Custody Policy


Ní neart go cur le chéile



Custody/ Separation Policy


The Staff of Kilbride National School encourage parents experiencing separation to come and speak confidentially to the teachers and/or Principal.  It is our aim to handle such matters with sensitivity and compassion, and ultimately, our primary concern is for the well-being and overall development of the child.

The following are the key procedures in place with separated parents of pupils in the school:


  • The Parent(s) must notify the school on enrolment of any separation or custody issue relevant to the child.
  • When a child spends time in two homes, it is requested that the school be provided with both sets of emergency/contact numbers.
  • Regarding the collection of child/ren from school - it is requested that the school be informed of any changes in collection arrangements in writing.
  • It is the school policy to offer the option of separate parent/teacher meetings, if so desired. However, for the child’s sake we recommend that both parents attend together. Each parent has a right to attend such meetings and receive school reports unless there is a court order to the contrary.
  • It is assumed that when we wish to communicate with parents regarding their child, the parent who is contacted (i.e. the parent with whom the child principally resides) will inform the other parent of meetings, arrangements etc.  Special requests for separate communication can be accommodated.
  • Regarding notes, school communication via schoolbags, school reports etc, it is assumed that the parent with whom the child principally resides will keep the other parent informed.
  • In the absence of a custody arrangement, both parents will be treated as equal partners in terms of parenting rights and responsibilities.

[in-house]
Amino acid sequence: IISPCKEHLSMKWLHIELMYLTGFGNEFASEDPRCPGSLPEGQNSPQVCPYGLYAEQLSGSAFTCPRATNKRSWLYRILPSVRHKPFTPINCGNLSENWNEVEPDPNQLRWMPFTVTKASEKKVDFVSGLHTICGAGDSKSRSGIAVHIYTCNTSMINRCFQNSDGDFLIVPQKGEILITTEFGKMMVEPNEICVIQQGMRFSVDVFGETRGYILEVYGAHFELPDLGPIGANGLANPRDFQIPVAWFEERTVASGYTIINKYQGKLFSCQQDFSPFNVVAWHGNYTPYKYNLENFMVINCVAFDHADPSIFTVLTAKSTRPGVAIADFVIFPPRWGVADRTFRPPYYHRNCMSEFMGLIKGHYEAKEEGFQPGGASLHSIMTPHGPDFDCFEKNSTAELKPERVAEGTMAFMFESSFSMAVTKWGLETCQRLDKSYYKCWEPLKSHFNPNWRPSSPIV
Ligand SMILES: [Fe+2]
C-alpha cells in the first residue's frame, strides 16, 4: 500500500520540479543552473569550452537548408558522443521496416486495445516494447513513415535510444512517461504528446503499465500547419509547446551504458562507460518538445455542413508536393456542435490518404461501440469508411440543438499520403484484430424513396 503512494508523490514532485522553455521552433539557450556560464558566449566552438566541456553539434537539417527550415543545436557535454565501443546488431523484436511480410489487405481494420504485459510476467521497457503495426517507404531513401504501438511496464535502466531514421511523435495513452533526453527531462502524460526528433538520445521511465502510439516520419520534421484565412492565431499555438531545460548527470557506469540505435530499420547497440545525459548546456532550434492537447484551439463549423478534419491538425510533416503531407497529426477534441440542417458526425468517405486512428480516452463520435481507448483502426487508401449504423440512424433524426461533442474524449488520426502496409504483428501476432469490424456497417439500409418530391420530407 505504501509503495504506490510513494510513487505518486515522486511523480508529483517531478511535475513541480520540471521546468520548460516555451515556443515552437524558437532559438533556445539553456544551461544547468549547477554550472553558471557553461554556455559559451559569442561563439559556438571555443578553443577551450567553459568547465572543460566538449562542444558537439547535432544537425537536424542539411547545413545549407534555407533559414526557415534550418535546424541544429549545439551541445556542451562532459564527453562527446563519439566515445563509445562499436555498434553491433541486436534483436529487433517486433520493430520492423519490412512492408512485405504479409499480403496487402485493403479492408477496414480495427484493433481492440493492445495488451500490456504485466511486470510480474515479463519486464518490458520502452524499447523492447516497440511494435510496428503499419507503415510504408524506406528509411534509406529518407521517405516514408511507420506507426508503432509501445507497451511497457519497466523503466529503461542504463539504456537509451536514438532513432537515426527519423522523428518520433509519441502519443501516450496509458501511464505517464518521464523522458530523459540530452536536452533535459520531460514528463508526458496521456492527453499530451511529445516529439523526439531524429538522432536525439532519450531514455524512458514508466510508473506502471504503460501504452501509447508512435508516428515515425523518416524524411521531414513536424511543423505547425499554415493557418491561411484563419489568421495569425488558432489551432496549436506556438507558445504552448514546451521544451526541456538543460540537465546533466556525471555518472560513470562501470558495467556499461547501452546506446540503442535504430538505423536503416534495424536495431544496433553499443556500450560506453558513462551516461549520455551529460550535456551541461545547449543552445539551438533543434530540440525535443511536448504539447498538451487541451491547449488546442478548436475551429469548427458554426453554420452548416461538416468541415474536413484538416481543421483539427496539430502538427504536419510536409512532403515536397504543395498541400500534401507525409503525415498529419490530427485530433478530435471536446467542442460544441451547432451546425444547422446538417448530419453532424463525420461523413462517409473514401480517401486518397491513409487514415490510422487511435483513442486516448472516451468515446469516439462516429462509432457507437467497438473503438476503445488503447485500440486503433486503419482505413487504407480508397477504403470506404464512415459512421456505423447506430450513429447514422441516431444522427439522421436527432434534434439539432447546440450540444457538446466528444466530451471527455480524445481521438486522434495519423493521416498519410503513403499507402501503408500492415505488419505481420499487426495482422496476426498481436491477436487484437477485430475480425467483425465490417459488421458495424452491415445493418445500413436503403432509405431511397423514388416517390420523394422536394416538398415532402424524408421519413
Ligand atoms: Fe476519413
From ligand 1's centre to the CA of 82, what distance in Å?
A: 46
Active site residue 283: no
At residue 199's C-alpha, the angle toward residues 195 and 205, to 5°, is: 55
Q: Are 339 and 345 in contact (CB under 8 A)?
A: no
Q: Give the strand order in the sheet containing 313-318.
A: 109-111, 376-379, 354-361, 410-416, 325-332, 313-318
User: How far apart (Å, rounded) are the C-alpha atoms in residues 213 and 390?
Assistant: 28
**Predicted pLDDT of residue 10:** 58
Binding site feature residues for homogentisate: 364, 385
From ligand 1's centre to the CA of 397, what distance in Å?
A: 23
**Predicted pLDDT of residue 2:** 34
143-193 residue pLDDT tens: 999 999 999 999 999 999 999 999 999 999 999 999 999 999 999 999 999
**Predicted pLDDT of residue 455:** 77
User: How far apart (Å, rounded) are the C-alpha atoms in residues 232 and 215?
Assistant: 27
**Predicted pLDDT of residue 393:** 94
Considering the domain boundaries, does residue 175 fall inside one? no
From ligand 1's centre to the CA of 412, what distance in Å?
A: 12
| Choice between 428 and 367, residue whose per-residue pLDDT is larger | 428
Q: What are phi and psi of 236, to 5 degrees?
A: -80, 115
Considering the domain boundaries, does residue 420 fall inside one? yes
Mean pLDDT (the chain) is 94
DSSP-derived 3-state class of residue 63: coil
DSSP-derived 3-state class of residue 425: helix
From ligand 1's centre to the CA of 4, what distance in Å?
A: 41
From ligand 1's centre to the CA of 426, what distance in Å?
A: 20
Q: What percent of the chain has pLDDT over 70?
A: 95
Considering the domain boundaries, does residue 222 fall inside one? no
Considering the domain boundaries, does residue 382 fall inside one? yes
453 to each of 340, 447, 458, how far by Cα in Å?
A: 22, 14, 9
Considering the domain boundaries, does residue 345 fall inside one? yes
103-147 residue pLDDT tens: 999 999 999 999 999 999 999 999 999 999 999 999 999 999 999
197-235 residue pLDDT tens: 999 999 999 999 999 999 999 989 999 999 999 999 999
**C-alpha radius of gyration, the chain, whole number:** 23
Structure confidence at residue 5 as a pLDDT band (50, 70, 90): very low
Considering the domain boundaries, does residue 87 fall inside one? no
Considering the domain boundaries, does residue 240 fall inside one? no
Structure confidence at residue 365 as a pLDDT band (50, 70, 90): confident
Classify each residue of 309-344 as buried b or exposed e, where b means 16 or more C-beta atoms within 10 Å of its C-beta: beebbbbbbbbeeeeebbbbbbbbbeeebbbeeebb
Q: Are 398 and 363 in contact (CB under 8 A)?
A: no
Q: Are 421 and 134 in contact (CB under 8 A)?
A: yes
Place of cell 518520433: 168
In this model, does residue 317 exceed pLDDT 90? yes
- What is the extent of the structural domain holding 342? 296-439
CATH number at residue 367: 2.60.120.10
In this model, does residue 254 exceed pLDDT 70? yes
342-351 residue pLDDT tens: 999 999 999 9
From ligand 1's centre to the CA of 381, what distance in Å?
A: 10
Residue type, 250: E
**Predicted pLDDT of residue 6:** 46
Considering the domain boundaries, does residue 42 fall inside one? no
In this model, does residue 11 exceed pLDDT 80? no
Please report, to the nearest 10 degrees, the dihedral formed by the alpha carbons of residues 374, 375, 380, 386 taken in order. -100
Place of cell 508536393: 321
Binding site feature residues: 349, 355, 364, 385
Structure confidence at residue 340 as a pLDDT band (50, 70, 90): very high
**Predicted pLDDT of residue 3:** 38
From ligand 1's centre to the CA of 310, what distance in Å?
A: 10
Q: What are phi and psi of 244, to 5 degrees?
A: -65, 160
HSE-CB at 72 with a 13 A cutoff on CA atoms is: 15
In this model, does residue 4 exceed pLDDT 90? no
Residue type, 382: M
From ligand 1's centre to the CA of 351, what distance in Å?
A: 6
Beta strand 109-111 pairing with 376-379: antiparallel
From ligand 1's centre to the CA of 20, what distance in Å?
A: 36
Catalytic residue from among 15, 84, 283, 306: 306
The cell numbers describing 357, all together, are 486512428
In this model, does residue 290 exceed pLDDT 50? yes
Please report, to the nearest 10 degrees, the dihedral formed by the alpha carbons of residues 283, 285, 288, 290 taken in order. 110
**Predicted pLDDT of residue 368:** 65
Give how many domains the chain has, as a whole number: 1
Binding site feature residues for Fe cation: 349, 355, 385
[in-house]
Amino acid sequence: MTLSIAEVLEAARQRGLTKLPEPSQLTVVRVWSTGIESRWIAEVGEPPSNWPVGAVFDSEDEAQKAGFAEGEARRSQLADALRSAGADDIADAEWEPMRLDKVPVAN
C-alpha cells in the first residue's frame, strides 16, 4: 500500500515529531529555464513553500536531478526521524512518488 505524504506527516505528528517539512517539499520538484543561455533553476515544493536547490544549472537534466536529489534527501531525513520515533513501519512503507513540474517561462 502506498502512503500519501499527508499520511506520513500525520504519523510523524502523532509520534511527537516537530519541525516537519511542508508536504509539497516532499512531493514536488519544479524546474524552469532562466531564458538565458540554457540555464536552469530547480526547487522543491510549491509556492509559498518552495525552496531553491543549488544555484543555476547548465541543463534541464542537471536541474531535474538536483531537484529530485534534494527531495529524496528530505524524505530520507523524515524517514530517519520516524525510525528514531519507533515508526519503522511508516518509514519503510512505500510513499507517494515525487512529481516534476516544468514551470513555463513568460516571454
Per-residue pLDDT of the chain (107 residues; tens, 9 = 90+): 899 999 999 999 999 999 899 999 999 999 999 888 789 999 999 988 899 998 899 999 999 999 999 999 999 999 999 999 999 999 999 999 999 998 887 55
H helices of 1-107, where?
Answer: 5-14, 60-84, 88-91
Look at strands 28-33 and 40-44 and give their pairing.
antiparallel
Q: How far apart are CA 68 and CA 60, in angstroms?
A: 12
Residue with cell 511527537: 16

• The school cannot be asked to withhold a child from either parent in the absence of a court order – note, a solicitor's letter is not a court order.
  • If there is a serious concern about a parent abducting or leaving the country with the child, the parents/guardian should request their solicitor to seek a court order instructing the school and any other carers regarding rights of access.
  • In the case where the estranged parent/guardian is not known to the class teacher, as may be the case in larger schools, the concerned parent/guardian should provide a family photograph enabling the class teacher to identify the person in question.
  • In the case of unmarried parents, the natural father has no custody or guardianship rights unless a court or the natural mother grants those rights to him. The onus is on the father to produce evidence of a court order in the case of a dispute regarding the collection of a child during or after school.  (See Notes below)
  • Teachers are under no legal obligation to provide any reports about a child if requested to do so by any third party (e.g. Solicitor/psychologist).
  • Teachers are not obliged to attend court unless under subpoena or summons.
  • In the case where a legal order is in place, a copy of this order must be furnished to the school.
  • The parent/guardian of each child has full responsibility for informing the school in writing of any change in circumstances at home e.g. separation, divorce, custody arrangements.
  • The staff can recommend books, videos, publications etc. dealing with the issue of separation, on request.
  • Teachers are expected to
    • Act in a fair, open and even-headed manner in respect of both parents.
    • Advise both parents of meetings if the teacher believes that one parent will not inform the other.
    • Facilitate separate meetings, if for good reason, both parents cannot attend together.
    • Comply with the parent who has de facto day to day control of the child in the event of a dispute.
    • Pass relevant information from one teacher to another within the school as needed.
    • If in any doubt, a teacher should seek advice from the Board of Management.




  • Married parents are ‘Joint Guardians’. The mother of a non-marital child is the sole guardian. A Guardian is a person legally entitled to parental rights and duties in relation to a child.
  • One of these rights is custody. Custody is the right to physical care and control of the child.
  • If a guardian is deprived of custody rights by a Court they still retain a say in relation to matters regarding a child’s welfare ie the religious, moral, intellectual, physical and social welfare of the child. They can also be awarded access.




This policy was ratified by the Board of Management in the academic year 2018/2019.